As a writer currently immersed in the genre of memoir, I took an interest in Nora Ephron’s latest offering called I Remember Nothing. Given the few reviews I’ve read, the title is accurate.  Ephron likes to celebrate the personal and her current gala is about how she’s handling aging.  Sure it ain’t pretty, but do we really need another set of bad quips and feeble attempts at humor to remind us.  Yet this lightweight volume gets all the press and attention a publicist can offer.

You know that old cliche about the 1960s: “If you remember anything about the 60s, you weren’t there.”   I beg to differ.  I remember everything and I was there.  With that in mind, it seems to me it takes a mighty dose of chutzpah to write a memoir with Ms. Ephron’s title.  How does this little volume get published anyway?  I fear I know the answer, and you do too.

Some of the readers of Ephron’s book are demanding their money back.  Some actually paid full hardcover price.  One disgruntled customer suggested that Nora Ephron’s fans get a latte, sit down in your favorite bookstore with chairs and consume both simultaneously.  Apparently that’s the time it takes.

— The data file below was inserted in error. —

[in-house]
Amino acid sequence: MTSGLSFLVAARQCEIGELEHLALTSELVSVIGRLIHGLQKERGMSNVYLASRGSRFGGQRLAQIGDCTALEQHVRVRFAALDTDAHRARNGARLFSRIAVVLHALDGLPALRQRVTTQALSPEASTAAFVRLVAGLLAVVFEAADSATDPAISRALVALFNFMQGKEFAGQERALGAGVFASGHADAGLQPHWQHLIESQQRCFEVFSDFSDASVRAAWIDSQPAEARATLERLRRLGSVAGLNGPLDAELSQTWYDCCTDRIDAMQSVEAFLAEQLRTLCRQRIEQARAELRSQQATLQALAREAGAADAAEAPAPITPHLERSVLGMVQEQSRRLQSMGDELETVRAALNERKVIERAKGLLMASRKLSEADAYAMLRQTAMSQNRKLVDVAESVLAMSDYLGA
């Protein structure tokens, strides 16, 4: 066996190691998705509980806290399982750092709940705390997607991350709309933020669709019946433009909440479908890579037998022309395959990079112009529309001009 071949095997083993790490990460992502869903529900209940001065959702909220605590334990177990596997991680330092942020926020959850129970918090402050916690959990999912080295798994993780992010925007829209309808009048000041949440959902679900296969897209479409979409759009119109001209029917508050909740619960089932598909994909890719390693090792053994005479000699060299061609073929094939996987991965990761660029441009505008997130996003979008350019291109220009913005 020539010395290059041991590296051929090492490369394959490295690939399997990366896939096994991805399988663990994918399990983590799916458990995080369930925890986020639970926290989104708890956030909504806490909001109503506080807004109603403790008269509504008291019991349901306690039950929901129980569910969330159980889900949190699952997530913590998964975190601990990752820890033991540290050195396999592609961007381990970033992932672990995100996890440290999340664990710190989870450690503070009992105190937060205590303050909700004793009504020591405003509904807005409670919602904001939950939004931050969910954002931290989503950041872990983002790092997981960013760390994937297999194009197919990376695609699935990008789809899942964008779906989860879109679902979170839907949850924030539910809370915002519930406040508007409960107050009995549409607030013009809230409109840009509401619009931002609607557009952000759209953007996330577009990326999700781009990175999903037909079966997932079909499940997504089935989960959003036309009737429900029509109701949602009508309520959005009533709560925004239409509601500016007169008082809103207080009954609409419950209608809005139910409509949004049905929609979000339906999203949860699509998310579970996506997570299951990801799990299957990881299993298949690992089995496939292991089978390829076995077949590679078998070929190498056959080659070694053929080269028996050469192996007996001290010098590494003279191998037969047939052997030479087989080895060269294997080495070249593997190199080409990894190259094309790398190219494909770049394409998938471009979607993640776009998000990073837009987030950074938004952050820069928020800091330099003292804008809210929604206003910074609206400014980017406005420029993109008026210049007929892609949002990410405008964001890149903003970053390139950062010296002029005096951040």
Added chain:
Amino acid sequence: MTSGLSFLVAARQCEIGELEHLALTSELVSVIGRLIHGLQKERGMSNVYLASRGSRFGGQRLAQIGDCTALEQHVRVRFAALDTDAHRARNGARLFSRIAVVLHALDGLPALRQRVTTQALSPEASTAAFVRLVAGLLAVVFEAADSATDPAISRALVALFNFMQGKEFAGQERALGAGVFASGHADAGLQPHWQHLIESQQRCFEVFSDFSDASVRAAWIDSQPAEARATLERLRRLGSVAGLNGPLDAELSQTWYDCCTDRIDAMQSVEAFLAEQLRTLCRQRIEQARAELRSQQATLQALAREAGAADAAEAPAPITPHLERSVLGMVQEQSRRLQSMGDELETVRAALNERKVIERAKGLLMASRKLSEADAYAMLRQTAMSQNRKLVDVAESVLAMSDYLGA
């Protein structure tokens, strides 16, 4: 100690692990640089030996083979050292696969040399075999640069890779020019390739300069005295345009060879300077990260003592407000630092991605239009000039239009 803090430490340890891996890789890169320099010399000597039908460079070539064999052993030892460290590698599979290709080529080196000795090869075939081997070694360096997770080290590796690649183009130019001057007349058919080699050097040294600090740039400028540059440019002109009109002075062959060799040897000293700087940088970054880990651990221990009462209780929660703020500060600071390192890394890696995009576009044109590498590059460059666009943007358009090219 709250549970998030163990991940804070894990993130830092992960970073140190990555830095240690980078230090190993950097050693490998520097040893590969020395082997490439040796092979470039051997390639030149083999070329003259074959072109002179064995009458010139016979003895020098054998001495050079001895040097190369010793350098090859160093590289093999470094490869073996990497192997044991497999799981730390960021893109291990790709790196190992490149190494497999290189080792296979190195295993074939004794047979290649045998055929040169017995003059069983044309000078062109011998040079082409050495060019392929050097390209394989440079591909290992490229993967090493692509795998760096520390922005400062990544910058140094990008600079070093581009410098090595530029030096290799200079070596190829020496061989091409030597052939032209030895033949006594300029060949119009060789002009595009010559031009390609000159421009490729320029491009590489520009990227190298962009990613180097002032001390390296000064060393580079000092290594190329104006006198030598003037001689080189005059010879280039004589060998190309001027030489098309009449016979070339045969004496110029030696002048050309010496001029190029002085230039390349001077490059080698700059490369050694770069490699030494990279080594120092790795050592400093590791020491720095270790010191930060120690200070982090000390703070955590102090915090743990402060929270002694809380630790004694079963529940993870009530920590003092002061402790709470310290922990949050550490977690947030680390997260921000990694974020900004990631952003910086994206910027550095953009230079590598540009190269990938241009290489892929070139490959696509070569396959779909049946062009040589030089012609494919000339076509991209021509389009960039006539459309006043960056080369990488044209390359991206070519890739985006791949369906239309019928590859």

If life isn’t fair, then trying to get a book published is just as big a crapshoot.  But then you knew that.  No sour grapes please.  Just remember to remember and then write it all down.

5 Comments

  1. Kicking “…Kindness” (Hey C-A)to the curb but good to hear the frustration with apathy. Keep up the good tirade. If you’re not angry then you must be reading Ephron. (Comments made without any prior or present knowledge of Ephron or the work cited. Kinda like when the Pope pans a movie.)

  2. Bruce, the feeling is well understood. How is it that book stores are filled with 90% bad books that no one reads, 5% of bad books (bestsellers) that lots of people read, and only 5% of good literature? I’m afraid we will never know a precise answer, apart from a hypothesis that people involved in selecting what to print are not the same individuals who have a good taste. Yet, once in a while good work that fits in the latter 5% does make it through, and because of that, I share your optimism and applaud your advice.

  3. C-A,
    You are quite right, she has a wonderful body of work. We’re all entitled to throw in a clunker now and then, I guess. What got me was the title. At first I loved it, and then after hearing her on talk shows and other venues her publicist set up to promote the book, there was no there there. Plus, I’ve been sick all week, lost my voice, have to go to the dentist, got a rejection, and had to put up with my mother-in-law for two days too many. I get cranky and that book got the brunt of my wrath.

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